The Chinese insurance sector’s implementation of a risk-based solvency system and extensive reforms of the bond market will help boost Shanghai’s reputation as a global insurance hub, according to AIA Group CEO Mark Tucker.
“The newly implemented Chinese risk-oriented solvency system achieves a focus on risks, the quality of being international, and the ability to support market orders,” said Tucker. “It has been the most significant and necessary of the reforms put in place.”
The new solvency system, named C-ROSS, was introduced this year and assesses insurers’ solvency based on risks and not by the volume of business. The new system lays down minimum capital requirements based on insurance risks, market risks and credit risks. It also provides measures to improve insurers’ internal management of capital and liabilities.
By the end of March, two of the 73 life insurers in China have reported negative solvency rates. Three are approaching the regulatory requirement of 100%.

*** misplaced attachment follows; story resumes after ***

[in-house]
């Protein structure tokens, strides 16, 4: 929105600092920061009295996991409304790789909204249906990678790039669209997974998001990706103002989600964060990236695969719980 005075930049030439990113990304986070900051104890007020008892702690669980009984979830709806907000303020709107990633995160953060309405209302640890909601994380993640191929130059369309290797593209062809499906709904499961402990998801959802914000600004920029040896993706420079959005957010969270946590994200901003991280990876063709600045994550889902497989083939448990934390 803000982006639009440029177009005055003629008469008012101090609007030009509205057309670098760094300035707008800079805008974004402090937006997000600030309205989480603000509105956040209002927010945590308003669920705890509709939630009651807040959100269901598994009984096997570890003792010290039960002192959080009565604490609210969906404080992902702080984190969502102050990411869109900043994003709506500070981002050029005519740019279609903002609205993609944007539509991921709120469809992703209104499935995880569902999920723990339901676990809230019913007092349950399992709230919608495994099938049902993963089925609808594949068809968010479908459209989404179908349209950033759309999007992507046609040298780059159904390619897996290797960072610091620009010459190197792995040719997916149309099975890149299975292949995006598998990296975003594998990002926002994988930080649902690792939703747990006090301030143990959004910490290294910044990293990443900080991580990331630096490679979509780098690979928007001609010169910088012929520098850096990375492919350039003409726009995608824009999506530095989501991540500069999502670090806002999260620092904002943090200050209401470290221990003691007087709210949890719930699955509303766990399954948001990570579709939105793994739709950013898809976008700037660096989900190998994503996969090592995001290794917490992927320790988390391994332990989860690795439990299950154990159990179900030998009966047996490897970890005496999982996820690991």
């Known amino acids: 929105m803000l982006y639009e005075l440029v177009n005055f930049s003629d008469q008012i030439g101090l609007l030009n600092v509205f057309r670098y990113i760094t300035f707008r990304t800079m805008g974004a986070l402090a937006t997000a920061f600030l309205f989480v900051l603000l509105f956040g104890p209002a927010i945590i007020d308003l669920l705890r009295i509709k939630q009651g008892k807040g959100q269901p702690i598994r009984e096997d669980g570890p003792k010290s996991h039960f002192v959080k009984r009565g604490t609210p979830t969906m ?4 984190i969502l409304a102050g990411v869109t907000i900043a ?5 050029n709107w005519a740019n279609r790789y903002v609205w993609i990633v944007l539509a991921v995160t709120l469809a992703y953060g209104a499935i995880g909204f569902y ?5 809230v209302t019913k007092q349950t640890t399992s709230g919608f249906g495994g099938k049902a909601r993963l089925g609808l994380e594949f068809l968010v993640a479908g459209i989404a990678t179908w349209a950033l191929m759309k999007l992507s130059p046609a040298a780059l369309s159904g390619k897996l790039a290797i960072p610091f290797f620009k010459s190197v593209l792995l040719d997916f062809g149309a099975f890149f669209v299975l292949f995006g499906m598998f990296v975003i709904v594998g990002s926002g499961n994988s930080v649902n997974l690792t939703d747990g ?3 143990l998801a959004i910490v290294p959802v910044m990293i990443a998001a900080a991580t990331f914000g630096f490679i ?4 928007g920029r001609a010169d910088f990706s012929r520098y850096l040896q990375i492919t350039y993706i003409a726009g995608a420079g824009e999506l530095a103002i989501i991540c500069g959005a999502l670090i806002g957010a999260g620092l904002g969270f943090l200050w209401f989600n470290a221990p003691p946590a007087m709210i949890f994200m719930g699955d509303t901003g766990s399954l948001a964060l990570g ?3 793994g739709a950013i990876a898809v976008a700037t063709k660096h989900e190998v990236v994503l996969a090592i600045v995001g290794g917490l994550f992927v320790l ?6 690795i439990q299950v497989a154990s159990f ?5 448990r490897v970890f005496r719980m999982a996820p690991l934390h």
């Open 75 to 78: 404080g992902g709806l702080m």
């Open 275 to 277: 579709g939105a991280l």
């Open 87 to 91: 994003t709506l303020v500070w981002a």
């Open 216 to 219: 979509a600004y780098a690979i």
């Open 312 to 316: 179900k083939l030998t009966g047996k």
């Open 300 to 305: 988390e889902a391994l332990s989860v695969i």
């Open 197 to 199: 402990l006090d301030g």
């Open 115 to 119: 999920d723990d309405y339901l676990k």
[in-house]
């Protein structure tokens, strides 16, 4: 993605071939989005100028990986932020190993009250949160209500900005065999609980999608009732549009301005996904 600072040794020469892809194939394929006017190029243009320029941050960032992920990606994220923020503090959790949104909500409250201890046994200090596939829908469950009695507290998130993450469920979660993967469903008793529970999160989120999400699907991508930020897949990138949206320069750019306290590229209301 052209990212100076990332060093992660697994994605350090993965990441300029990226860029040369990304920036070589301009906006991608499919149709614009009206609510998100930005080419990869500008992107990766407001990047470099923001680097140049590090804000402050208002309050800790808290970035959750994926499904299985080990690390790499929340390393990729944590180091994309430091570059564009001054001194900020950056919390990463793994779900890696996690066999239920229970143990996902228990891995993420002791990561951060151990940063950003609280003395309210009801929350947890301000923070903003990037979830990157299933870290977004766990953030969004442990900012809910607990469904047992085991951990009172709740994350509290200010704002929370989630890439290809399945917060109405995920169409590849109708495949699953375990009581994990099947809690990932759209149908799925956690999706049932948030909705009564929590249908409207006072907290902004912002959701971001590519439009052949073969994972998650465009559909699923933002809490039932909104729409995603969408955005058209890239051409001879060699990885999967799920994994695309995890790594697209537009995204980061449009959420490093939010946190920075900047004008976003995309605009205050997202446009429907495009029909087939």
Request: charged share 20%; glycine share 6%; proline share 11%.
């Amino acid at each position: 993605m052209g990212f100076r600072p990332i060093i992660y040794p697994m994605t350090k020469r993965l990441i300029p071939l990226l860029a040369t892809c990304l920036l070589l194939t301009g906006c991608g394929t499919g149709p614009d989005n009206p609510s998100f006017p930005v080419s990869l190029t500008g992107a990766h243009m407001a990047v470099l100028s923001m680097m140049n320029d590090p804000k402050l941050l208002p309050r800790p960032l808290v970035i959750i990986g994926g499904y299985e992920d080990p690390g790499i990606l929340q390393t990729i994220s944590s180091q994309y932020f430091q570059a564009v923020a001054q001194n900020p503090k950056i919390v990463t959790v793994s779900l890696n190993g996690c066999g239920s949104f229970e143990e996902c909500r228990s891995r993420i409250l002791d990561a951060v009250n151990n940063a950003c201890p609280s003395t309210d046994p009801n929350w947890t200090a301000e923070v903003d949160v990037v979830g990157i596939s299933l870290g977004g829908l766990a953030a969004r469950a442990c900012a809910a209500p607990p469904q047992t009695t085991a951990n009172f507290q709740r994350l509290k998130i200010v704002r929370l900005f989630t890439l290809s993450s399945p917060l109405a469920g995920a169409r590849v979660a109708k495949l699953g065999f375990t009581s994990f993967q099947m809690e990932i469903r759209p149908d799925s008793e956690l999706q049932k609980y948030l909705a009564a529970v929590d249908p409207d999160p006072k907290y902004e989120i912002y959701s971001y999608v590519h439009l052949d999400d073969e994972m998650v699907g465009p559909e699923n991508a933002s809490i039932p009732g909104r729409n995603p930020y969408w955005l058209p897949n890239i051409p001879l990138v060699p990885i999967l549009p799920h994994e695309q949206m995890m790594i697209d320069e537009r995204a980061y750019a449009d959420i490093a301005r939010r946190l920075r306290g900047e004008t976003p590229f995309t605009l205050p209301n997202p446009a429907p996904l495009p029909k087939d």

Tucker added that the new system is more risk-oriented market-based, and internationally applicable. Unlike the old system, it also discriminates less against foreign insurance companies.
He also mentioned that bond market reforms will help make Shanghai establish itself as an international financial center.
“I think the opening up of the bond market to find investors, the Hong Kong-Shanghai Connect, the opening up of the free-trade zone, all of these are very positive steps. These are indications of the direction and significance that Shanghai will continue to focus on the financial side,” he said.
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